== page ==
(also Dynamic Host Configuration Protocol)
A network management protocol that automatically assigns IP addresses and other communication parameters to devices connected to a network. For example, a router usually acts as a DHCP server in most home networks. It assigns IP addresses to your devices. Implementing this protocol saves time and prevents human errors.
See also: PPPoE
How DHCP works
- Discovery: A device connects to a network and sends broadcast messages to discover DHCP servers.
- Offer: A DHCP server responds by delivering an IP address to the device.
- Request: The device acknowledges the information and asks permission to use the assigned IP address.
- Acknowledgment: The server sends a final message to the requesting device. It contains all the other configuration information needed to access the network, such as the gateway and DNS servers.
The DHCP server then monitors the IP address being used and can take it back when the device disconnects. This allows assigning the same IP address to other devices as needed.
- IP address conflict resolution. Automatically assigns unique IP addresses to each device on the network. This minimizes conflicts caused by assigning one IP address to several devices at the same time.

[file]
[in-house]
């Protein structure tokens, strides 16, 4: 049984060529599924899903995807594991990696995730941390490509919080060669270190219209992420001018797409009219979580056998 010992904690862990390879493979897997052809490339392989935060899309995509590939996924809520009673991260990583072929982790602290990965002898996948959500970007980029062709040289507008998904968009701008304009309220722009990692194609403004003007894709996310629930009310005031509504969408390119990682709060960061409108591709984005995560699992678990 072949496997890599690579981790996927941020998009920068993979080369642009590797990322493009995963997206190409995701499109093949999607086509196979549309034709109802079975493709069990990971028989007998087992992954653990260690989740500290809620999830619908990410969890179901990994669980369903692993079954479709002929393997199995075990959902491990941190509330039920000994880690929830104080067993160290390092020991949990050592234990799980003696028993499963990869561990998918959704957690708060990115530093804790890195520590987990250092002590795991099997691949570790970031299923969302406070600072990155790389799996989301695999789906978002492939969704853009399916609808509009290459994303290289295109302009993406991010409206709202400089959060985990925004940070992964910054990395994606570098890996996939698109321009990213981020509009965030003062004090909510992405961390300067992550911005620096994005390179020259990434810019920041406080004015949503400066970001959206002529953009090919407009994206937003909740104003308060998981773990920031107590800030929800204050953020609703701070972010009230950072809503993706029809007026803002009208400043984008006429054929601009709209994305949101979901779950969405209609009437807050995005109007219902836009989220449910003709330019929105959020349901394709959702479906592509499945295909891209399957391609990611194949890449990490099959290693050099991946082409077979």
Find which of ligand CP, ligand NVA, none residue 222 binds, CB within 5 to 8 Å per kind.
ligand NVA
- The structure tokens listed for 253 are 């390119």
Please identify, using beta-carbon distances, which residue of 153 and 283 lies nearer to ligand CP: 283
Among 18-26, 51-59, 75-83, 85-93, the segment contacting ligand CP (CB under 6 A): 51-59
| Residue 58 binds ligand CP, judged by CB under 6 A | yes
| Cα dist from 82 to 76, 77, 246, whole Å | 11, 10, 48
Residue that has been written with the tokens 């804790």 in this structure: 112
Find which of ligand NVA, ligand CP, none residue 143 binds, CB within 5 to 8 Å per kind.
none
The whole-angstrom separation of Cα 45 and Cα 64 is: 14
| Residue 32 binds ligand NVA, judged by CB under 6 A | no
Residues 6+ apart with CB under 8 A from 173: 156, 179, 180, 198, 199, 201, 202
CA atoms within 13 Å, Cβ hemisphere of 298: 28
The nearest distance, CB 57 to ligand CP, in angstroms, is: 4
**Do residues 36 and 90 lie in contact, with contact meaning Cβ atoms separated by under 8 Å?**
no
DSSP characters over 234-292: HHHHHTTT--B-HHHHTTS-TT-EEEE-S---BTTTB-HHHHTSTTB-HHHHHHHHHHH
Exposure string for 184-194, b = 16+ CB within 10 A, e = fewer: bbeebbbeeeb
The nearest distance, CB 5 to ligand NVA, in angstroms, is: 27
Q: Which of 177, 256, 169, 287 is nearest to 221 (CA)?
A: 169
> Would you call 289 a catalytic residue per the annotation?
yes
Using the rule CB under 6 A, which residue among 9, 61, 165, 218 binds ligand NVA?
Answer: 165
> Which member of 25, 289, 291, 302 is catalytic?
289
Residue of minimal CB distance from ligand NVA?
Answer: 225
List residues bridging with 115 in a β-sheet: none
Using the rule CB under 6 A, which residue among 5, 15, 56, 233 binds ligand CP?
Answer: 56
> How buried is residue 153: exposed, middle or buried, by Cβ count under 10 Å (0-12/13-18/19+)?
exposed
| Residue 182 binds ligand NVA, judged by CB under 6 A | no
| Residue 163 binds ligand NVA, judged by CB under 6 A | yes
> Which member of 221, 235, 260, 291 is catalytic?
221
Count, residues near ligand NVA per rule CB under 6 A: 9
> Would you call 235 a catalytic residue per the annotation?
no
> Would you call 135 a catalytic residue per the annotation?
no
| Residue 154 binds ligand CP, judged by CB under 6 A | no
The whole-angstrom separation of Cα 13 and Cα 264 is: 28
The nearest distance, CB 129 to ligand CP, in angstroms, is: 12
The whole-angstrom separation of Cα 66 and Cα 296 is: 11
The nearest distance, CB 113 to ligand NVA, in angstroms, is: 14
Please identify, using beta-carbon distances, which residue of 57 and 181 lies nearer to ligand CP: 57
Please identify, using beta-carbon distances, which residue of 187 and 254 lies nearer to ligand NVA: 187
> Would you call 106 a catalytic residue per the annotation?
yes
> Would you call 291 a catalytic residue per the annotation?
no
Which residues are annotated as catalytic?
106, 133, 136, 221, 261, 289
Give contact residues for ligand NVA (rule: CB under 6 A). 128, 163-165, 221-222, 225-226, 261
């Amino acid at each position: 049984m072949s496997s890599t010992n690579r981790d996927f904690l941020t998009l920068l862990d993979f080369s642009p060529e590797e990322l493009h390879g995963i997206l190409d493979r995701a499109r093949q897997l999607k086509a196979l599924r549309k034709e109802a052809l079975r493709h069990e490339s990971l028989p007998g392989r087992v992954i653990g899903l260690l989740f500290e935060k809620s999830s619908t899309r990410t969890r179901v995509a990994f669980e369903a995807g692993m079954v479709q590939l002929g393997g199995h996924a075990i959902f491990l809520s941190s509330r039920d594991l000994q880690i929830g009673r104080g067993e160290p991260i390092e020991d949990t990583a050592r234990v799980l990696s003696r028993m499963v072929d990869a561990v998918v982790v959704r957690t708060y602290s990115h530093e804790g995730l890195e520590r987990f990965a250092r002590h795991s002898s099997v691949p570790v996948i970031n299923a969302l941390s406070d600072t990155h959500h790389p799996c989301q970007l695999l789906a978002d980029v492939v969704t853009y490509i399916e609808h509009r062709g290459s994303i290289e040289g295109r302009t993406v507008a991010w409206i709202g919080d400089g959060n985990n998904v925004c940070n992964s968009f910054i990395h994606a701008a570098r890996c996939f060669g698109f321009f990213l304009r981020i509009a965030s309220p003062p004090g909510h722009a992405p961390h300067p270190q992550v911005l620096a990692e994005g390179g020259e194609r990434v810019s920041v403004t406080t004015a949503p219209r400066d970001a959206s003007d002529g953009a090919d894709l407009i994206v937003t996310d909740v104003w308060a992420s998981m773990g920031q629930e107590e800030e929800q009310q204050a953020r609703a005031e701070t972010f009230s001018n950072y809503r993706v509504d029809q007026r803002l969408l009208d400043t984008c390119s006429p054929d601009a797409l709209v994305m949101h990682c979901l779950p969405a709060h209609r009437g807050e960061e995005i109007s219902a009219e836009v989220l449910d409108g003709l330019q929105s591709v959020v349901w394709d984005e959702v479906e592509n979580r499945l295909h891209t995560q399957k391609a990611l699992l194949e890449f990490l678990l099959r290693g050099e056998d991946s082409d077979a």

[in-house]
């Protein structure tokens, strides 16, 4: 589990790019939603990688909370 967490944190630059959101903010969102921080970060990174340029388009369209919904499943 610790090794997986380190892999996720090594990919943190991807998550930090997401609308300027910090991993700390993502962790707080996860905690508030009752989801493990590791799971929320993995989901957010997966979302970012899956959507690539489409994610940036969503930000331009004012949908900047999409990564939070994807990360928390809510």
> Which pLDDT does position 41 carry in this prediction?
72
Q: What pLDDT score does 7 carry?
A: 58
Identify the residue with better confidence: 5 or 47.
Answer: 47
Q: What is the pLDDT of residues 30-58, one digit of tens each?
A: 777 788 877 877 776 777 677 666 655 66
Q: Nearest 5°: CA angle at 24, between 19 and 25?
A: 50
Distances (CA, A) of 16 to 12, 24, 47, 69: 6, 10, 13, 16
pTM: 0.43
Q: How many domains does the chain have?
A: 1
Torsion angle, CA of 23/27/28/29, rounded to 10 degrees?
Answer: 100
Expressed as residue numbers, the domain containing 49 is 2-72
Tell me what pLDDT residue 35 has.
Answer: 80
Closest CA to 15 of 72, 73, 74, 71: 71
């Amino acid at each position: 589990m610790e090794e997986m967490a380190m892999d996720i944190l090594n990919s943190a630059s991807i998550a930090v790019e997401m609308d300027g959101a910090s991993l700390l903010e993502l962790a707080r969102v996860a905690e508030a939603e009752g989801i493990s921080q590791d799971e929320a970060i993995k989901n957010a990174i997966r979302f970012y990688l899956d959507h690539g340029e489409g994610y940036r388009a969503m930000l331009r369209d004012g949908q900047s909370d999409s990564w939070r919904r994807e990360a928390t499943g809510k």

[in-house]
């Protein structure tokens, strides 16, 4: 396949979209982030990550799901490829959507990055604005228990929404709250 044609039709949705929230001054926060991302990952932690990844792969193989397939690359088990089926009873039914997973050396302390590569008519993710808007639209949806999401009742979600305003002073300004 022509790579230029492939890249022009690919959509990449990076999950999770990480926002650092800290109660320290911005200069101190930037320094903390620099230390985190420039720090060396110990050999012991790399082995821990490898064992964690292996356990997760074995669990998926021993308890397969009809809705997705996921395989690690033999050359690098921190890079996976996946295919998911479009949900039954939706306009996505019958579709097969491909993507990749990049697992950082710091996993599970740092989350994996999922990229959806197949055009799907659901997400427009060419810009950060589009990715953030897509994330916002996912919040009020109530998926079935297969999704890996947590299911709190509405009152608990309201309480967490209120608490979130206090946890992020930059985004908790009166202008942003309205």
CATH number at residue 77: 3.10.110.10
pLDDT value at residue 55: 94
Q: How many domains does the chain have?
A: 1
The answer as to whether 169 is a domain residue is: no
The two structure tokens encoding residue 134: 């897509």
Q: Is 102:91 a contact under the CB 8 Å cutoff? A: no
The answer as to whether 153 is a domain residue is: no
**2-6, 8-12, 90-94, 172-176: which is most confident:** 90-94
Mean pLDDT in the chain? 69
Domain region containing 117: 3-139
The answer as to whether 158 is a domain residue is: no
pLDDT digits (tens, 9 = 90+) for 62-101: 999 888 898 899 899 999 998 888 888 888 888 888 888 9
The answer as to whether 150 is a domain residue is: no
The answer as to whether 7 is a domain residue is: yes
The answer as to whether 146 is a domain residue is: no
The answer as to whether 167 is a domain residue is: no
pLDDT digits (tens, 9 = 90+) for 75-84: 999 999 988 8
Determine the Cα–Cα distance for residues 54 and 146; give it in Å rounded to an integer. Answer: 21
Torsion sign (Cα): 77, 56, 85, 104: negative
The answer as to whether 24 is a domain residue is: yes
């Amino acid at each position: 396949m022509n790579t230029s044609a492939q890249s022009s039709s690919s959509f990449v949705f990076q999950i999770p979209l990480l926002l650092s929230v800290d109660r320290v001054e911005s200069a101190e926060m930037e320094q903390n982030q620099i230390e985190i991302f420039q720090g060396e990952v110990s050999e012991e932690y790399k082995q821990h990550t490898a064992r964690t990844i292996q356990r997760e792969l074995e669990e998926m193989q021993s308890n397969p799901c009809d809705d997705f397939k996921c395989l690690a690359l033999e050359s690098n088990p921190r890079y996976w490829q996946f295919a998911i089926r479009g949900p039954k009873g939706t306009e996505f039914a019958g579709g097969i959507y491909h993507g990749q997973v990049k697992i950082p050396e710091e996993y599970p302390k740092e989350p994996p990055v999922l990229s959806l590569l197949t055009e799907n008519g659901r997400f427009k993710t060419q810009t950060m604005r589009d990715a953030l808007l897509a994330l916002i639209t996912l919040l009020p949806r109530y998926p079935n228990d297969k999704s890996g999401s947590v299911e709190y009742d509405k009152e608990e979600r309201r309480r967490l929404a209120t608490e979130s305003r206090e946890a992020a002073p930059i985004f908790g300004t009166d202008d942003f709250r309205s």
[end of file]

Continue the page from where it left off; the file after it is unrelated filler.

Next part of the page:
- Easier network management. Eliminates the need for administrators to manually assign IP addresses to each device on the network.
- Improved mobility support. Allows mobile devices to move between networks without IP address reconfiguration. This makes it easier for users to connect to different networks and access resources while on the go.
- More flexibility. Gives flexible configuration options, such as assigning different IP addresses to different devices or groups of devices on the network.
DHCP security issues
- DHCP doesn’t require authentication, making a DHCP server a weak link in the security chain.
- Malicious actors can exhaust DHCP resources with a DDoS attack and make it crash.
- Rogue DHCP servers can be used for man-in-the-middle attacks.